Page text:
Until recently, the moral rights of the matter studied by science was mostly not of interest. Few people care whether protons feel pain when they’re smashed together, or whether worms object to being dissected. Medicine was always a controversial exception. Yet even there, the use of animals was justified both by serious clinical need and by the belief that animals don’t matter as much as people do.
But now, as the brain supremacy unfolds, we’re turning the tools of science on ourselves, the beings we feel matter most of all. The moral instincts that hold the self to be sacred are honoured, at least in principle, by the person-centred ethics of medicine. They fit less well with the ethics of traditional physical science, and even less well with the morals of the marketplaces through which scientific findings filter into everyday life. We have not yet fully recognised the implications of our growing ability to analyse, and marketise, the brain.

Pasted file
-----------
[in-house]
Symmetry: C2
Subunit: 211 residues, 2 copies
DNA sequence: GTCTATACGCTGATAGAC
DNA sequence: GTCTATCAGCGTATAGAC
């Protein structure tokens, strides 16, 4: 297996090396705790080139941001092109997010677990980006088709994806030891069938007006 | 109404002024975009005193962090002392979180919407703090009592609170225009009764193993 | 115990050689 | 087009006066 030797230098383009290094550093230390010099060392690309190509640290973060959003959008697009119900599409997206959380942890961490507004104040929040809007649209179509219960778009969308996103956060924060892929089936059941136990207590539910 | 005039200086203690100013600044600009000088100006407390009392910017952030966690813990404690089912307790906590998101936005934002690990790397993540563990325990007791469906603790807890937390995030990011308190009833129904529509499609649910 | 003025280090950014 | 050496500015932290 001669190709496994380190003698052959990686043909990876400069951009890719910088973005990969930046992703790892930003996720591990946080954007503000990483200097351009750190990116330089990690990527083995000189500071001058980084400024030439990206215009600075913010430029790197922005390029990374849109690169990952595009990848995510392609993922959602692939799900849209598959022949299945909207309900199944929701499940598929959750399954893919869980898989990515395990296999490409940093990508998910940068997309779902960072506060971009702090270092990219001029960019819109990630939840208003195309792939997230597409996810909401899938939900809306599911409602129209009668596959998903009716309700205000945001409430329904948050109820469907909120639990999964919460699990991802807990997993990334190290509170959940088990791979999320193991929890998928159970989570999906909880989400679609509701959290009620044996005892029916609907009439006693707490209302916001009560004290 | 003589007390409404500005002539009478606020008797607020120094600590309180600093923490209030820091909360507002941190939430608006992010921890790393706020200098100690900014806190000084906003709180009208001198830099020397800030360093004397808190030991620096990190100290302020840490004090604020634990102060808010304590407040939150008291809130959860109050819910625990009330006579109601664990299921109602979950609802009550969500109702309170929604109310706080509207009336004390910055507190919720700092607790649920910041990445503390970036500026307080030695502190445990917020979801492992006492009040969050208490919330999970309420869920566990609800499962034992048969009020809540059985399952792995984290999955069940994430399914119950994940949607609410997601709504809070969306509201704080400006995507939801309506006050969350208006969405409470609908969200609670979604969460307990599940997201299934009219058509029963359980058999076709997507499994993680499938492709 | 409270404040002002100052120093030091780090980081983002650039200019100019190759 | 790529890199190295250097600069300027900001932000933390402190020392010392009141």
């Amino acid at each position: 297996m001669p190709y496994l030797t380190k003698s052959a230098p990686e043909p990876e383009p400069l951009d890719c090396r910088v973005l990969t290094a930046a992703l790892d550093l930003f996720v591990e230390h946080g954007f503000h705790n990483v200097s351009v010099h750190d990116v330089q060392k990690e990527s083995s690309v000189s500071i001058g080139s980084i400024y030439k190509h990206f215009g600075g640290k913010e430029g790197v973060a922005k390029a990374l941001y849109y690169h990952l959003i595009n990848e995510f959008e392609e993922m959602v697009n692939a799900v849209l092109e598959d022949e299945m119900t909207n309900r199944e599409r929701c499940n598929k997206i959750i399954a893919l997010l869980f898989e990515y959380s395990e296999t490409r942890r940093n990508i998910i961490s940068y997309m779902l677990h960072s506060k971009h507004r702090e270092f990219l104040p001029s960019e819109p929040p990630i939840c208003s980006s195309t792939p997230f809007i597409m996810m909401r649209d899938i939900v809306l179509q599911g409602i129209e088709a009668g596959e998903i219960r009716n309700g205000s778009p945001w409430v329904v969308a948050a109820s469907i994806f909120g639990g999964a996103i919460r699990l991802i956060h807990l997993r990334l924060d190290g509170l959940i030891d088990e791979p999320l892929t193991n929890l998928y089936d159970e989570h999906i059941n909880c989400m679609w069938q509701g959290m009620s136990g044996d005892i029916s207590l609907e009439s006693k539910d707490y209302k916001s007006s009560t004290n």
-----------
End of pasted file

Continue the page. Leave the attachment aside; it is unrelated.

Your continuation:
When neuroscience grants us the superpower of precision brain control, we may for instance at last be able to cure not only dreaded brain disorders like Alzheimer’s and schizophrenia, but the disorders of ideology, short-sightedness and willpower which make some of our biggest problems so intractable. Yet the same superpower could mean that science-fiction tropes like telepathy and brainwashing become marketable realities. The ability to interpret, record and share dreams sounds like harmless fun. What about the power to edit our minds, and the minds of our children? Who will decide on who gets edited, and how?
The gifts of the brain supremacy could help us to a world with far less suffering. But they’re dangerous gifts, and they need to be handled with care.
Kathleen Taylor studied physiology and philosophy at the University of Oxford. After a research MSc at Stirling University, working on brain chemistry, she returned to Oxford to do a DPhil in visual neuroscience and postdoctoral work on cognitive neuroscience. In 2002 she won two writing competitions run by the Times Higher Education Supplement, one for science writing and one for an essay in the humanities/social sciences. She has written on a range of topics from consciousness to cruelty. Her most recent work, The Brain Supremacy: Notes from the frontiers of neuroscience, published in October 2012.
Image credit: Brain image courtesy of Peter Hansen, University of Birmingham, and Piers Cornelissen, University of York. Do not reproduce without permission.